Publications by authors named "Marvin Braun"

16 Publications

  • Page 1 of 1

Novel bathing epilepsy in a patient with 2q22.3q23.2 deletion.

Seizure 2021 May 15;91:1-4. Epub 2021 May 15.

Department of Pediatrics, Section of Neurology, University of Calgary, Calgary, Alberta, Canada. Electronic address:

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http://dx.doi.org/10.1016/j.seizure.2021.05.007DOI Listing
May 2021

Familial neonatal seizures caused by the Kv7.3 selectivity filter mutation T313I.

Epilepsia Open 2020 Dec 17;5(4):562-573. Epub 2020 Oct 17.

Department of Pharmacology Alberta Diabetes Institute University of Alberta Edmonton AB Canada.

Objective: A spectrum of seizure disorders is linked to mutations in Kv7.2 and Kv7.3 channels. Linking functional effects of identified mutations to their clinical presentation requires ongoing characterization of newly identified variants. In this study, we identified and functionally characterized a previously unreported mutation in the selectivity filter of Kv7.3.

Methods: Next-generation sequencing was used to identify the Kv7.3[T313I] mutation in a family affected by neonatal seizures. Electrophysiological approaches were used to characterize the functional effects of this mutation on ion channels expressed in oocytes.

Results: Substitution of residue 313 from threonine to isoleucine (Kv7.3[T313I]) likely disrupts a critical intersubunit hydrogen bond. Characterization of the mutation in homomeric Kv7.3 channels demonstrated a total loss of channel function. Assembly in heteromeric channels (with Kv7.2) leads to modest suppression of total current when expressed in oocytes. Using a Kv7 activator with distinct effects on homomeric Kv7.2 vs heteromeric Kv7.2/Kv7.3 channels, we demonstrated that assembly of Kv7.2 and Kv7.3[T313I] generates functional channels.

Significance: Biophysical and clinical effects of the T313I mutation are consistent with Kv7.3 mutations previously identified in cases of pharmacoresponsive self-limiting neonatal epilepsy. These findings expand our description of functionally characterized Kv7 channel variants and report new methods to distinguish molecular mechanisms of channel mutations.
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http://dx.doi.org/10.1002/epi4.12438DOI Listing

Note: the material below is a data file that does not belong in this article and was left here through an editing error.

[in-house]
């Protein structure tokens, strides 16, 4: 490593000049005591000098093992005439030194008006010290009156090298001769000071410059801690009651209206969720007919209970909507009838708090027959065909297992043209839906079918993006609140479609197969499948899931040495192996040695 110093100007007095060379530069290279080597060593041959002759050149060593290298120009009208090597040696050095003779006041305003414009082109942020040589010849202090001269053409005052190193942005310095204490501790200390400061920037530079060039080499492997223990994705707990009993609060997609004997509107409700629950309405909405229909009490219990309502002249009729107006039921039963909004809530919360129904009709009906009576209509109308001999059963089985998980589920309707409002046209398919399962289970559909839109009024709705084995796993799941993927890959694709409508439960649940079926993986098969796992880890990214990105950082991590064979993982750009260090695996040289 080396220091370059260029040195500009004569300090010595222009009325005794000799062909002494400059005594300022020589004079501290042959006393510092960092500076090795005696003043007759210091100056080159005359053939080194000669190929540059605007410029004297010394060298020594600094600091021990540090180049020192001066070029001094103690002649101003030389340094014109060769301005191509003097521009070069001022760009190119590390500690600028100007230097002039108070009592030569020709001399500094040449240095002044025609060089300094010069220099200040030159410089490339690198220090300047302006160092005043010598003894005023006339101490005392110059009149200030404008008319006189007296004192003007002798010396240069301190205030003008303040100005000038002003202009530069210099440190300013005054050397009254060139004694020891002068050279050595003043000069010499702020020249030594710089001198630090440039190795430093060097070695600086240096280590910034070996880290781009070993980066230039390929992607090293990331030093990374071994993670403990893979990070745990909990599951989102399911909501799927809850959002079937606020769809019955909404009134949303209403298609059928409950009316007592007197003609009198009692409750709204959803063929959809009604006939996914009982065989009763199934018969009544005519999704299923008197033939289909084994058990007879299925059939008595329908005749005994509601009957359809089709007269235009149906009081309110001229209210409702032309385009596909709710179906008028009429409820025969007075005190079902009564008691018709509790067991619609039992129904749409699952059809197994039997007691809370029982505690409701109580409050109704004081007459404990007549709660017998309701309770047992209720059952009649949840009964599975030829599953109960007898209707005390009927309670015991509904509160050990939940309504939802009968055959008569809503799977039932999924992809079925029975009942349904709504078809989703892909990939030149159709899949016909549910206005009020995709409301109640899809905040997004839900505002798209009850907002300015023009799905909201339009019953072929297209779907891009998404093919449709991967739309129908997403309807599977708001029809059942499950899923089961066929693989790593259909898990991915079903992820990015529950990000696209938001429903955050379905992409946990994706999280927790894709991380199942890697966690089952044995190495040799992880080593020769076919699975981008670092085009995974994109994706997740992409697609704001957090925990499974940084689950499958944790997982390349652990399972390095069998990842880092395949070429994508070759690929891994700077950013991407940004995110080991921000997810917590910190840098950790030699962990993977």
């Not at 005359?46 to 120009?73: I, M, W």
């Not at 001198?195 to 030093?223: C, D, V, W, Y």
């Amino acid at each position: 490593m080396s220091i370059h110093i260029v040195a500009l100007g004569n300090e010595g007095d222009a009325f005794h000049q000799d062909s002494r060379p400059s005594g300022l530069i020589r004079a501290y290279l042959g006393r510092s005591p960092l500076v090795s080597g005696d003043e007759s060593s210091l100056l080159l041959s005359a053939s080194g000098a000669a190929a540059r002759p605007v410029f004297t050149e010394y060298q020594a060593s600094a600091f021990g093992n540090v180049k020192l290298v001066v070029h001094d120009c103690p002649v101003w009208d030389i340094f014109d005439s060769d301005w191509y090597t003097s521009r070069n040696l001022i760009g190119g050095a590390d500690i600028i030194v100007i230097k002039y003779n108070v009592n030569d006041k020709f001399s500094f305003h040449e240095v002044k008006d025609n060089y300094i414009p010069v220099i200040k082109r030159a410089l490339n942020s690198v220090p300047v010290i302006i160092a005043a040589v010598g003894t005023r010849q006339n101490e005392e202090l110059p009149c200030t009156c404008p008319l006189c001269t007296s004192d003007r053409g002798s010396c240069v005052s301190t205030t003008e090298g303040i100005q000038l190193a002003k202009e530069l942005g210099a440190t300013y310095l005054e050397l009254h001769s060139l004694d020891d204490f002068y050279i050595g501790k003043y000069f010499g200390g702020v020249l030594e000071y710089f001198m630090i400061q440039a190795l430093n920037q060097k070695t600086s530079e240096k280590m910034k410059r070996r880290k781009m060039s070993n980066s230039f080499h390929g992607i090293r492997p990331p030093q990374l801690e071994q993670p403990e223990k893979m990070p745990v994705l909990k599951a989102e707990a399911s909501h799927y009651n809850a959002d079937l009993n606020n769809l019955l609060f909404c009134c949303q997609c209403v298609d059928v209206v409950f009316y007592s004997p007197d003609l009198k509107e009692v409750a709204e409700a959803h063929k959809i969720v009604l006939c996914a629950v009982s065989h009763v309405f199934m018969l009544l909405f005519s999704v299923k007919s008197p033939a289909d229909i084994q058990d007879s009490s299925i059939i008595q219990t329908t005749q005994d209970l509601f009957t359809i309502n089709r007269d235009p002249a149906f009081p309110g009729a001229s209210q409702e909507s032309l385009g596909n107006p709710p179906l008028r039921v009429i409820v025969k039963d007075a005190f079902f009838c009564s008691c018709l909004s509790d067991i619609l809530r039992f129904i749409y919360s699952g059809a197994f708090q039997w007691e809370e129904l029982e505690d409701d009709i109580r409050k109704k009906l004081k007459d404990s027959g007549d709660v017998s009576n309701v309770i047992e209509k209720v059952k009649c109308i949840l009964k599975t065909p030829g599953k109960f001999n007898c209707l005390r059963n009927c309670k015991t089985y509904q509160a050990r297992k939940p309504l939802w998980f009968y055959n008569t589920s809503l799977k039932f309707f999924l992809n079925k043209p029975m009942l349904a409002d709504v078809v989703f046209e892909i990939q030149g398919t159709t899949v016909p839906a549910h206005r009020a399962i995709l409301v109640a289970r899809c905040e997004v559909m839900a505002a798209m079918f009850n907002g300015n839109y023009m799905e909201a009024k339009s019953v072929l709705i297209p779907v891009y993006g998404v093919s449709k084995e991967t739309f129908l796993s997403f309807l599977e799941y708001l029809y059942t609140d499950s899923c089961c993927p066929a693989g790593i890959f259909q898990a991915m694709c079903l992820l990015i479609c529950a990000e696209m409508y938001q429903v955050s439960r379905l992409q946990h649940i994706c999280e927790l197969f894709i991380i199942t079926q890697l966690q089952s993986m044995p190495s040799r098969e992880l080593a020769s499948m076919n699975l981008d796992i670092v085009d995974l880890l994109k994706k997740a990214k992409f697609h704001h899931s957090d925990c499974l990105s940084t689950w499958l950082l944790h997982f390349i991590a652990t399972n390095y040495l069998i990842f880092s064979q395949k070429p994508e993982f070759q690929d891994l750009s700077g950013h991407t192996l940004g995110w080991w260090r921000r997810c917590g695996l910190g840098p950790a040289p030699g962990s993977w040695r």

http://www.ncbi.nlm.nih.gov/pmc/articles/PMC7733659PMC
December 2020

Sensory input from the osphradium modulates the response to memory-enhancing stressors in Lymnaea stagnalis.

J Exp Biol 2012 Feb;215(Pt 3):536-42

Hotchkiss Brain Institute, University of Calgary, Calgary, AB, Canada, T2N 4N1.

In the freshwater environment species often rely on chemosensory information to modulate behavior. The pond snail, Lymnaea stagnalis, is a model species used to characterize the causal mechanisms of long-term memory (LTM) formation. Chemical stressors including crayfish kairomones and KCl enhance LTM formation (≥24 h) in Lymnaea; however, how these stressors are sensed and the mechanism by which they affect the electrophysiological properties of neurons necessary for memory formation are poorly understood. Here, we assessed whether the osphradium, a primary chemosensory organ in Lymnaea, modulates LTM enhancement. To test this we severed the osphradial nerve proximal to the osphradium, using sham-operated animals as controls, and assessed the behavioral and electrophysiological response to crayfish kairomones and KCl. We operantly conditioned aerial respiratory behavior in intact, sham and osphradially cut animals, and tested for enhanced memory formation after exposure to the chemical stressors. Sham-operated animals displayed the same memory enhancement as intact animals but snails with a severed osphradial nerve did not show LTM enhancement. Extracellular recordings made from the osphradial nerve demonstrate that these stressors evoked afferent sensory activity. Intracellular recordings from right pedal dorsal 1 (RPeD1), a neuron necessary for LTM formation, demonstrate that its electrophysiological activity is altered by input from the osphradium following exposure to crayfish kairomones or KCl in sham and intact animals but no response is seen in RPeD1 in osphradially cut animals. Therefore, sensory input from the osphradium is necessary for LTM enhancement following exposure to these chemical stressors.
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http://dx.doi.org/10.1242/jeb.061432DOI Listing
February 2012

Differences in neuronal activity explain differences in memory forming abilities of different populations of Lymnaea stagnalis.

Neurobiol Learn Mem 2012 Jan 30;97(1):173-82. Epub 2011 Nov 30.

Hotchkiss Brain Institute, Department of Physiology and Pharmacology, University of Calgary, Calgary, Alberta, Canada T2N 4N1.

The ability to learn and form long-term memory (LTM) can enhance an animal's fitness, for example, by allowing them to remember predators, food sources or conspecific interactions. Here we use the pond snail, Lymnaea stagnalis, to assess whether variability between natural populations (i.e., strains) in memory forming capabilities correlates with electrophysiological properties at the level of a single neuron, RPeD1. RPeD1 is a necessary site of LTM formation of aerial respiratory behaviour following operant conditioning. We used strains from two small, separate permanent ponds (TC1 and TC2). A comparison of the two populations showed that the TC1 strain had enhanced memory forming capabilities. Further, the behavioural phenotype of enhanced memory strain was explained, in part, by differences in the electrophysiology of RPeD1. Compared to RPeD1 from the naive TC2 strain, RPeD1 from the TC1 strain has both a decreased resistance and decreased excitability. Moreover, 24h after a single 0.5h training session, those membrane properties, as well as the firing and bursting rate, decrease further in the TC1 strain but not in the TC2 strain. The initial differences in RPeD1 properties in the TC1 strain coupled with their ability to further change these properties with a single training session suggests that RPeD1 neurons from the TC1 strain are "primed" to rapidly form memory.